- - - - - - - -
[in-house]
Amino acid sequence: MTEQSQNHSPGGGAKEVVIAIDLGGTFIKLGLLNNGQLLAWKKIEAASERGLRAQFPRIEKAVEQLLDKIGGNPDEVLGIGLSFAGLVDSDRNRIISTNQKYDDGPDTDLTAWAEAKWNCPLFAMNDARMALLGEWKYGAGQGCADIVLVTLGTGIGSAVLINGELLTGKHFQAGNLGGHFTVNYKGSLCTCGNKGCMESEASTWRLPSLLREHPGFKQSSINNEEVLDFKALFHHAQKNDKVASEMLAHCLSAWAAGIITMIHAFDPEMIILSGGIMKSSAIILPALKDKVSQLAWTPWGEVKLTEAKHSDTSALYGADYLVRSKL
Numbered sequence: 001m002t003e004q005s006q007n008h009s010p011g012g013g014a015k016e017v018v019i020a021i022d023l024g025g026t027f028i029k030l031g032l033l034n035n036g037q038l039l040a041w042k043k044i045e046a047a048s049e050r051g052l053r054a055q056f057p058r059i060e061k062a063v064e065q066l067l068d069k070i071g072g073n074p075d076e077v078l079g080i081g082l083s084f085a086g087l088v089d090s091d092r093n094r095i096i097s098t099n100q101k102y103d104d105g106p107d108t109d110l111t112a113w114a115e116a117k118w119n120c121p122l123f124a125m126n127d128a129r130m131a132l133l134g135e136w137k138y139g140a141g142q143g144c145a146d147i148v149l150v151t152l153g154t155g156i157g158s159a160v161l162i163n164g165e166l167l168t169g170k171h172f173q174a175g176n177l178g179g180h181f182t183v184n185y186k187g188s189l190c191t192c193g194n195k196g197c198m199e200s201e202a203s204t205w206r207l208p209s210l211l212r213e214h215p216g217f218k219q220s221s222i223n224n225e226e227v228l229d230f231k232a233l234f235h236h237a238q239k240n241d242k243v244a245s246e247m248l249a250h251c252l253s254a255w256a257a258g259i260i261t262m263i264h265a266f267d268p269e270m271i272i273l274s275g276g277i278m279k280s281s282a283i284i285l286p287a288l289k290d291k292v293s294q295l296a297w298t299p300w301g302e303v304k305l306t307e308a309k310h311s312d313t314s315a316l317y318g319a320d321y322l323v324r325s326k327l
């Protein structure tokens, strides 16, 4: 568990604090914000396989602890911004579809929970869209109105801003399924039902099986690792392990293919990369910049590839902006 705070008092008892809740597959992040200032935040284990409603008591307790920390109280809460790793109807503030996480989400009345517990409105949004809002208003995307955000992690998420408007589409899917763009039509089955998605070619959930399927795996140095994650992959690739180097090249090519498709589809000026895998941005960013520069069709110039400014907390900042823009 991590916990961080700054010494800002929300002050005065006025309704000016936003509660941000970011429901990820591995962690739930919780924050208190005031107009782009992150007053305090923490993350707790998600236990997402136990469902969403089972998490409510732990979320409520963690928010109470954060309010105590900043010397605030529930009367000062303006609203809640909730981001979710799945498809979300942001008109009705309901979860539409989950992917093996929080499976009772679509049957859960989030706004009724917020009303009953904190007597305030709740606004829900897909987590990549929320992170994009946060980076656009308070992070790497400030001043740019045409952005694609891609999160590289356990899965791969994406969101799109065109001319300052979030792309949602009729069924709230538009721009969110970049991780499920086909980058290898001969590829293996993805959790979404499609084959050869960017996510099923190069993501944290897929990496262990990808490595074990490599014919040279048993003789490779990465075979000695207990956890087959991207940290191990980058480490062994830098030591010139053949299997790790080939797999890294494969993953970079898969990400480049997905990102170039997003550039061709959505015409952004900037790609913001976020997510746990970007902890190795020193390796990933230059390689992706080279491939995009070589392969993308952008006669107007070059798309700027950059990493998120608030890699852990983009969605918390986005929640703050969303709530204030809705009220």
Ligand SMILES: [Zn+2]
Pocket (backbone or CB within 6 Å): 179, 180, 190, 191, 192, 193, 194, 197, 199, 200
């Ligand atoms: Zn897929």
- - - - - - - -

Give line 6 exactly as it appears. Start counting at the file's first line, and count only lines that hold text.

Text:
Pocket (backbone or CB within 6 Å): 179, 180, 190, 191, 192, 193, 194, 197, 199, 200